Sorrel begins on camel.
Continuing our journey through Mongolia, we venture deep into a heartland of temples and tradition.
In 1220 Chinggis Khaan moved his capital from the Onon Valley to Karakorum, just 373kms south-west of the modern day capital, Ulaan Baatar. It served as Mongolia's political, cultural and economic centre for 40 years until Kublai Khaan moved it to what is now Beijing.
This caused Karakorum to collapse and in 1388 vengeful Manchurian soldiers virtually destroyed it. The little that was left was used towards building the glorious Erdene Zuu Khiid monastery in the 16th century, which was to be severely damaged during Stalinist purges.
You can tour the remains of the monastery and its grounds and see excellent examples of Buddhist iconography from the 16th century. There are two remaining carved turtle rocks, which are meant to be lucky.
There is virtually nothing left of the old capital which was at the crossroads of the busy Silk Road. It was protected by walls with four gates, and each section had its own market grain, goats, oxen and wagons, and horses.
Karakorum Expeditions, an Australian-owned and run company based in Mongolia, run tours from Ulaan Baatar to the old area.
The tour goes through the industrial outskirts of Ulaan Baatar, past the main railway line that links Beijing and Moscow, and heads west through hills and rolling steppes. The scenery changes along the way and you will see Mongolians tending their herds of cattle, sheep, horses, camels, gazelle and yaks.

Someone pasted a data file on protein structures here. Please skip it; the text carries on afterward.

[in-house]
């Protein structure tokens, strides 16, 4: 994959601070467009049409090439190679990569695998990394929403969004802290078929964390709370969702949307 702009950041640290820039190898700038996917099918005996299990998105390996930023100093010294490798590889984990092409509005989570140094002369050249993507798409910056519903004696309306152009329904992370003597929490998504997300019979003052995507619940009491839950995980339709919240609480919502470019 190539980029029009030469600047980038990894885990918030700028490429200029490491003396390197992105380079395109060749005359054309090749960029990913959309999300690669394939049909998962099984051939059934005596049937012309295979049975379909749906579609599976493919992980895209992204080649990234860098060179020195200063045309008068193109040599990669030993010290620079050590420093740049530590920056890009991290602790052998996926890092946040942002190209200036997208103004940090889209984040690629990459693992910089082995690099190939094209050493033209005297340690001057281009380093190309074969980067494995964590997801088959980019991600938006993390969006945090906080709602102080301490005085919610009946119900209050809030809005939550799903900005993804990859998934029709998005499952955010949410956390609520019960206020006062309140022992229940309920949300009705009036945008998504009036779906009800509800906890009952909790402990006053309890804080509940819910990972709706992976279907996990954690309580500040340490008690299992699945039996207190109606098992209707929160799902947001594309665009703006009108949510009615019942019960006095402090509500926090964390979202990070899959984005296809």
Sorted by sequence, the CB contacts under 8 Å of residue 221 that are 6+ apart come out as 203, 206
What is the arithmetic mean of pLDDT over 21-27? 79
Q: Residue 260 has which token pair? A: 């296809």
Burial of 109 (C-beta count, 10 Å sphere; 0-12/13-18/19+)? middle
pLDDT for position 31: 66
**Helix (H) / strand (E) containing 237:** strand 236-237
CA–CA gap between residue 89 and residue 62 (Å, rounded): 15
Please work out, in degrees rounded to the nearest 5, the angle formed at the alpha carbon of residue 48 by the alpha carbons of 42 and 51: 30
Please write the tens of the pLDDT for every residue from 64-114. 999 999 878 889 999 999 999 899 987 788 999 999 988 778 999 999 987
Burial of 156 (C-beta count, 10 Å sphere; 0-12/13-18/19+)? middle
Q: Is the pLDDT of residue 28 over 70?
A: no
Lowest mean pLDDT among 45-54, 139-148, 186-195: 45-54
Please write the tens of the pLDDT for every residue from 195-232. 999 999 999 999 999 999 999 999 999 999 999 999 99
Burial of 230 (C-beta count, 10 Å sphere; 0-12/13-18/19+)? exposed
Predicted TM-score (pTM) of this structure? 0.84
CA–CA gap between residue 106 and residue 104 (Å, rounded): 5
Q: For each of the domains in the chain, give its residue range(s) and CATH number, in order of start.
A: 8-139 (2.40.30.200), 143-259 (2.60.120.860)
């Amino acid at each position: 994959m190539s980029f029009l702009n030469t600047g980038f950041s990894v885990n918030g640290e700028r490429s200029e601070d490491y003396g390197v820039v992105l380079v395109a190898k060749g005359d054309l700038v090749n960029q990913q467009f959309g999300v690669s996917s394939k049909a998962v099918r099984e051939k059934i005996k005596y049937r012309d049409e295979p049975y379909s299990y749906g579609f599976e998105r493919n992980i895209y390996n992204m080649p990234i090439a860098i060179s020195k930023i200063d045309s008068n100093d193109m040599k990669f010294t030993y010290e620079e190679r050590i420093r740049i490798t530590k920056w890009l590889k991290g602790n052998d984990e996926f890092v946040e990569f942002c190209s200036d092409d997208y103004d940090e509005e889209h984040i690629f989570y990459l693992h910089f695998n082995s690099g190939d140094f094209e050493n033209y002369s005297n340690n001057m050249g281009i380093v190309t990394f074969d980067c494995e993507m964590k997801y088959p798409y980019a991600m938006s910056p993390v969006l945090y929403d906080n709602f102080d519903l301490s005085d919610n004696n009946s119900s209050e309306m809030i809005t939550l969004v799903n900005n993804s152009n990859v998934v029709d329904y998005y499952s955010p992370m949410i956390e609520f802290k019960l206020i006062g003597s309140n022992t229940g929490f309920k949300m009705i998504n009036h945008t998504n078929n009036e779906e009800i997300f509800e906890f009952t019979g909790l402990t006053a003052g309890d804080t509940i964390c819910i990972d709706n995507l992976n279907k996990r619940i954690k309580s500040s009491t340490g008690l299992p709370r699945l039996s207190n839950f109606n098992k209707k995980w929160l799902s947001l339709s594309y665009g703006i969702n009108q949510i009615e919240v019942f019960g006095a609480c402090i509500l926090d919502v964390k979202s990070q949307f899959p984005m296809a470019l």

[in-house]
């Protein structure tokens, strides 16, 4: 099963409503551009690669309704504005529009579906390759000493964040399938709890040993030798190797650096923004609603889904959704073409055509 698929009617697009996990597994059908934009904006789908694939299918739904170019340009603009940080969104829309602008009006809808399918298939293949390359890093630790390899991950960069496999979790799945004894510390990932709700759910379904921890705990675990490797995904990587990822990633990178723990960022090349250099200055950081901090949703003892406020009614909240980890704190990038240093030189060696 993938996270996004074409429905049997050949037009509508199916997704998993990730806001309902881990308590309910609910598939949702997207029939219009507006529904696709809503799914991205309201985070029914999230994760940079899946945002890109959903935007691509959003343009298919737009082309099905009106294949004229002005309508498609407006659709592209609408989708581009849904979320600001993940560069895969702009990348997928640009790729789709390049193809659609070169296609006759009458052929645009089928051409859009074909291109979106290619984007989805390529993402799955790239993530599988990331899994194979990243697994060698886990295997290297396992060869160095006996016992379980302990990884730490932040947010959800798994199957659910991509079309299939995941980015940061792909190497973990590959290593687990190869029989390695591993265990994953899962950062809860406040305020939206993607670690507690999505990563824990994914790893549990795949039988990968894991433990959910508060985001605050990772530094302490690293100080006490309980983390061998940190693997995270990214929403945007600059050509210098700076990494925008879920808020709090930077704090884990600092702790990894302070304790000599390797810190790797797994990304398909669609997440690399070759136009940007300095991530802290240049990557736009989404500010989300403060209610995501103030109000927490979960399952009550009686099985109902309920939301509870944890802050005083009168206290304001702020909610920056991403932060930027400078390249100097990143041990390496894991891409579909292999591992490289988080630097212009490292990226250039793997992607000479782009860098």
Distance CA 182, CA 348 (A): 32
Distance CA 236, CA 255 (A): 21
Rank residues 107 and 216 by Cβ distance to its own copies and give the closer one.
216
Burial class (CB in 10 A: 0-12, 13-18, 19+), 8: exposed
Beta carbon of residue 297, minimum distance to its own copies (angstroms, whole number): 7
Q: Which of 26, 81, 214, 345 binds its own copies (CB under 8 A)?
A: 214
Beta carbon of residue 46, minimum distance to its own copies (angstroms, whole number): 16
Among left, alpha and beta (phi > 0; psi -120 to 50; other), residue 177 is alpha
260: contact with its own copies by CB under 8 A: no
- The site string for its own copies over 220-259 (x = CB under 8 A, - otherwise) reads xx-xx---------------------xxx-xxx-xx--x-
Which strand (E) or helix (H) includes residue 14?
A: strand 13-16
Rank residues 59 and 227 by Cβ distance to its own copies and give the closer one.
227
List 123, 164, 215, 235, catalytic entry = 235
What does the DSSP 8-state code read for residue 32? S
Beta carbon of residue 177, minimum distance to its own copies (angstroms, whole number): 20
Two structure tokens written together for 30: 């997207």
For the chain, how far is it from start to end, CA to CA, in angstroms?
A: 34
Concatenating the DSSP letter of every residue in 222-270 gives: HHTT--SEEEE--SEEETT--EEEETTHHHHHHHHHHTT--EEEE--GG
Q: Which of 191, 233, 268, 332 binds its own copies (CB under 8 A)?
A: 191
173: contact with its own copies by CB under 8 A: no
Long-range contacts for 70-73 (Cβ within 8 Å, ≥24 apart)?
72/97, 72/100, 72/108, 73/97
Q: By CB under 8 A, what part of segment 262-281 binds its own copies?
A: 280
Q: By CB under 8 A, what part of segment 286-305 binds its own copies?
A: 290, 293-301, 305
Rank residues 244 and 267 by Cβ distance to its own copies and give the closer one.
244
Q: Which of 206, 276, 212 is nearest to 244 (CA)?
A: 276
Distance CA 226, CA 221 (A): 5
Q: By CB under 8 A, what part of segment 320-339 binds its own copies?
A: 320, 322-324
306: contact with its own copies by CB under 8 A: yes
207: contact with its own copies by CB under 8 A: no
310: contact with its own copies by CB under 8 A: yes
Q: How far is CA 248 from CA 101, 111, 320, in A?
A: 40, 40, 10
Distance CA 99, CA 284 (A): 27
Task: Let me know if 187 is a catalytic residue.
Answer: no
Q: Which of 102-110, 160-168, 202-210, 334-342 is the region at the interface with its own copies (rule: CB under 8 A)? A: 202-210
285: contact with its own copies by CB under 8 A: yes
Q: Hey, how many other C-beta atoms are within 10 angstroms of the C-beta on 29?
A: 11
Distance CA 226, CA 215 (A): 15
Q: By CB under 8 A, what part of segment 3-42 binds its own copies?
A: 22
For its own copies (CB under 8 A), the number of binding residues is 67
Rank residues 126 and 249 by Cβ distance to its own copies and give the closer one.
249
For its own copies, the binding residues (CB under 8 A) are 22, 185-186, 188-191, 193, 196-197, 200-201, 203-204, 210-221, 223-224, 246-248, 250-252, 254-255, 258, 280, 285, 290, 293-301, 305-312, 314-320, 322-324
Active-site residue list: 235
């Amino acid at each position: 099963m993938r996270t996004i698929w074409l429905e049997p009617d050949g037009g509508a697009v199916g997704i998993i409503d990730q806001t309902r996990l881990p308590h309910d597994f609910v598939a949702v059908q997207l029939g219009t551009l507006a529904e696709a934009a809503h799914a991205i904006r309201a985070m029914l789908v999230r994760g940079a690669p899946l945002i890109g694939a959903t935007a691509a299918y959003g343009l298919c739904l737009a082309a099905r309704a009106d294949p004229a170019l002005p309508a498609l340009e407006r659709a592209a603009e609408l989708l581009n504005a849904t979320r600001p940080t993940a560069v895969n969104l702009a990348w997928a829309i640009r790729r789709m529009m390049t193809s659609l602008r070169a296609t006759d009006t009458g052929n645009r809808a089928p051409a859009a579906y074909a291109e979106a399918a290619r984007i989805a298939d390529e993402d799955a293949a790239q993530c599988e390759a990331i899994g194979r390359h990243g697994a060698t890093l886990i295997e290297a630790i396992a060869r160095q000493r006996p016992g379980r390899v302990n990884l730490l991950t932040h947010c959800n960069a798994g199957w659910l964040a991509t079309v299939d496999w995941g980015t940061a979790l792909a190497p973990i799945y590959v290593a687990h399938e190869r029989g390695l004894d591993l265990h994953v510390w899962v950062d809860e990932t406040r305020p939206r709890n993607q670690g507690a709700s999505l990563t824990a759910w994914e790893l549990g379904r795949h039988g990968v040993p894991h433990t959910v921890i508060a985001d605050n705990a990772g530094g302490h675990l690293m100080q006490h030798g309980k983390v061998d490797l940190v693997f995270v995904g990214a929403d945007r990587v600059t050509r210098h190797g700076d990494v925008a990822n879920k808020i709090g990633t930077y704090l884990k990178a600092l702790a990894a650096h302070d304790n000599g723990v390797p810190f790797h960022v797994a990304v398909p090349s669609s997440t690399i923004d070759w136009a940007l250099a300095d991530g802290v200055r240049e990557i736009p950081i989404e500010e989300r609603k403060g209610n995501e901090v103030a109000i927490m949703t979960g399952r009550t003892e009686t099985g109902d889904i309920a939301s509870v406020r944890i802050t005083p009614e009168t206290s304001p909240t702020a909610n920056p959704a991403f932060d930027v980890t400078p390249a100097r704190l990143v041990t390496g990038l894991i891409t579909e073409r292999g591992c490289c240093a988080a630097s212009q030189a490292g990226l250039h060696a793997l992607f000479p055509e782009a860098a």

Uninterrupted by trees, fences or buildings, the steppes seem to go on forever. With a population of 2.38 million and an area of 1.5 million sq kms, Mongolia's population density is one of the world's lowest.
Half of the population lives in a ger, the traditional dwelling of all Mongolians and some other central Asian people. Ger is the Mongolian word for home and you will see them dotted across the countryside.
Gers owned by nomadic Mongolians have a wooden framework covered with large pieces of white felt, which may in turn be covered with decorative cloth. Ropes made from horse hair hold everything in place. They are easily assembled and disassembled, and load onto a couple of camels or yak carts. There are permanent eight-sided wooden gers, but they are mostly in Siberia where inhabitants are not as nomadic.
Mongolians are friendly and welcoming, the women humble and modest, and chances are you will be invited into a ger. They always face south with the eastern side the women's and the western side the men's. In the centre is a fireplace of three rings supported by legs which are the framework for holding pots and roasting spits. Smoke disappears through the roof. The far wall holds a goatskin bag for making a potent alcoholic drink from mares' milk. A shrine of sacred family objects is on the northern side of the ger, and this is considered to be the most honourable part.
There is etiquette to be observed: do not step on the doorstep as it is considered bad luck; when entering, move to the left and wait to be seated; never lean on the Buddhist shrine.
When staying at a tourist ger camp, wandering minstrels may entertain you with khoomi, or throat singing, which when perfected produces an extraordinary range of sounds.
When at the ger camp near Mongol Els you will have the option of camel riding into the desert with a family. By the way, Mongolian camels have two humps and a shaggy coat which is used for making warm clothing.
You will see Turkish monuments and rock inscriptions erected in the 8th and 9th centuries in memory of outstanding fighters for independence.